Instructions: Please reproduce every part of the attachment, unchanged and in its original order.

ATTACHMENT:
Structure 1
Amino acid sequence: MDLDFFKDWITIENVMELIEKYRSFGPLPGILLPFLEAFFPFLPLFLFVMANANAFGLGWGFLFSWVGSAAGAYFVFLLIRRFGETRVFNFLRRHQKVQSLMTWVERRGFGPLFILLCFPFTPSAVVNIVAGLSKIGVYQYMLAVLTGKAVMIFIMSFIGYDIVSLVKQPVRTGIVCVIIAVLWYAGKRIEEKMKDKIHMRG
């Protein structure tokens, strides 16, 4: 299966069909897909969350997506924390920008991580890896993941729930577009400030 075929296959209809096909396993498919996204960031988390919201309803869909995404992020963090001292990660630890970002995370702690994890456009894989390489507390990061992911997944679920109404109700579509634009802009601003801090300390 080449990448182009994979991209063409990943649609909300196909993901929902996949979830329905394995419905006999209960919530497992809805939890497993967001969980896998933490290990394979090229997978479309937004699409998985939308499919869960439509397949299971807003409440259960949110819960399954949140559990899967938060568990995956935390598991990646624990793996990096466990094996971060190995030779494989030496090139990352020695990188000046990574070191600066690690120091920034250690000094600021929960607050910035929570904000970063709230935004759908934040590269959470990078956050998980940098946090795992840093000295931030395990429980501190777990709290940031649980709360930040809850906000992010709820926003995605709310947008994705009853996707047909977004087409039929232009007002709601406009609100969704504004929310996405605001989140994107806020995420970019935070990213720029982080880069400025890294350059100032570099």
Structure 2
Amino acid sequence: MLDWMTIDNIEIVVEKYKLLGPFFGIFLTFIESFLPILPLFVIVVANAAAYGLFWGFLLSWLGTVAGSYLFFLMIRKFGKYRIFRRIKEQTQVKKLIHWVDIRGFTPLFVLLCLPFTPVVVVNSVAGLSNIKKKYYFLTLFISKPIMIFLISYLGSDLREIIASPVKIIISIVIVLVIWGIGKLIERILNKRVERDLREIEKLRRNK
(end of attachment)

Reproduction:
Structure 1
Amino acid sequence: MDLDFFKDWITIENVMELIEKYRSFGPLPGILLPFLEAFFPFLPLFLFVMANANAFGLGWGFLFSWVGSAAGAYFVFLLIRRFGETRVFNFLRRHQKVQSLMTWVERRGFGPLFILLCFPFTPSAVVNIVAGLSKIGVYQYMLAVLTGKAVMIFIMSFIGYDIVSLVKQPVRTGIVCVIIAVLWYAGKRIEEKMKDKIHMRG
């Protein structure tokens, strides 16, 4: 299966069909897909969350997506924390920008991580890896993941729930577009400030 075929296959209809096909396993498919996204960031988390919201309803869909995404992020963090001292990660630890970002995370702690994890456009894989390489507390990061992911997944679920109404109700579509634009802009601003801090300390 080449990448182009994979991209063409990943649609909300196909993901929902996949979830329905394995419905006999209960919530497992809805939890497993967001969980896998933490290990394979090229997978479309937004699409998985939308499919869960439509397949299971807003409440259960949110819960399954949140559990899967938060568990995956935390598991990646624990793996990096466990094996971060190995030779494989030496090139990352020695990188000046990574070191600066690690120091920034250690000094600021929960607050910035929570904000970063709230935004759908934040590269959470990078956050998980940098946090795992840093000295931030395990429980501190777990709290940031649980709360930040809850906000992010709820926003995605709310947008994705009853996707047909977004087409039929232009007002709601406009609100969704504004929310996405605001989140994107806020995420970019935070990213720029982080880069400025890294350059100032570099």
Structure 2
Amino acid sequence: MLDWMTIDNIEIVVEKYKLLGPFFGIFLTFIESFLPILPLFVIVVANAAAYGLFWGFLLSWLGTVAGSYLFFLMIRKFGKYRIFRRIKEQTQVKKLIHWVDIRGFTPLFVLLCLPFTPVVVVNSVAGLSNIKKKYYFLTLFISKPIMIFLISYLGSDLREIIASPVKIIISIVIVLVIWGIGKLIERILNKRVERDLREIEKLRRNK